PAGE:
Time is ripe for sundials.
Since then he has created a sundial for Sir Patrick Moore, a replica of a 1683 dial for an earl in East Anglia, two for North Tyneside Council and for a Hong Kong magnate at his mansion in Monterey USA, and seven for the President of the North American Sundial Society.
In addition, one of his dials is on permanent display in the Science Museum in London.
He is currently designing a dial to mark the 400th anniversary of the establishment of the first British colony in America.
Widower Tony, who has three sons, Dave, 40, Ian, 37, and Paul, 35, says: "I've been working in fine metalwork and other materials since I was a boy. I began by making sundials for a friend who could design, but not make them.
"Then after I retired I made a dial for a summerhouse in my garden and my middle son, Ian, guessed other people would want dials like that. He was right.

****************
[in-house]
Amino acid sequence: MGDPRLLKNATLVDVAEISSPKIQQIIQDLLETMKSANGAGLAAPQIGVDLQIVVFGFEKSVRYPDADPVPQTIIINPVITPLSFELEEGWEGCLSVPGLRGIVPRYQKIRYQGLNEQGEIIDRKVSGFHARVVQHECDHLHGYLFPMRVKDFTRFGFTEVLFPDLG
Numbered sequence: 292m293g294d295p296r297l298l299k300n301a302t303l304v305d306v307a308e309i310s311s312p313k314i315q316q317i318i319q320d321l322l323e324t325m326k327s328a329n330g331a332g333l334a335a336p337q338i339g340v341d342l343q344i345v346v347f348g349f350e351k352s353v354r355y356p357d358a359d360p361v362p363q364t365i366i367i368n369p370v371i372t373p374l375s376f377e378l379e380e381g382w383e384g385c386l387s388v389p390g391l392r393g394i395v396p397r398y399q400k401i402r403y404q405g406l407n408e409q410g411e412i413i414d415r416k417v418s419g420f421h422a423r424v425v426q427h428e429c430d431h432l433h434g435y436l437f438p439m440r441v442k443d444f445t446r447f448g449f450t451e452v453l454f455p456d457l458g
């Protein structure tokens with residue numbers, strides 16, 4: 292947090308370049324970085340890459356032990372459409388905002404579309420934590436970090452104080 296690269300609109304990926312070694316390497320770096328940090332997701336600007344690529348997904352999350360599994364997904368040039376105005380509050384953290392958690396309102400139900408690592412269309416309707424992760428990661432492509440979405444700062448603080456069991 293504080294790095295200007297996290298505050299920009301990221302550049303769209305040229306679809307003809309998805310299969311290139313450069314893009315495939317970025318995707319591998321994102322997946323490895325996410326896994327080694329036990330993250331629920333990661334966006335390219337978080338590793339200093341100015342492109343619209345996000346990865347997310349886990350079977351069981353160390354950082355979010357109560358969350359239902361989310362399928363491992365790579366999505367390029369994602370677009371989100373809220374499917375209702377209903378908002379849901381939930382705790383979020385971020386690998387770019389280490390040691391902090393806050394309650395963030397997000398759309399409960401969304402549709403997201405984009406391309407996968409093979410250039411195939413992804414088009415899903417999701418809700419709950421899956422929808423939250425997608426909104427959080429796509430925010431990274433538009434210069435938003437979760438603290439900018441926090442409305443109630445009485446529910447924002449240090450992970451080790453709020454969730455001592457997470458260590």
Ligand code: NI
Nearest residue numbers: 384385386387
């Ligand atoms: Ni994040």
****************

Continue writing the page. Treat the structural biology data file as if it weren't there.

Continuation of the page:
"People often seem surprised when they are told a sundial can tell the time accurately ( but of course there would be something seriously wrong with the solar system if it didn't. For a variety of astronomical reasons sundials and clocks are usually `out-of-step.' This may appear to be inaccuracy, but the solar time shown by the dial is easily converted to accurate clock time.
"The hardest thing about the business is the very long lead time between initial order and final installation and payment. Up to three years for the largest and most complex dial so far. My ambitions are to go on making exciting sundials for as long as I am able to do so.
"Having received the Sawyer Dialling Prize from the North American Sundial Society at their Chicago Conference in August, I can perhaps regard myself as being at the top of my profession. It has only once been awarded outside the USA, and never before in the UK."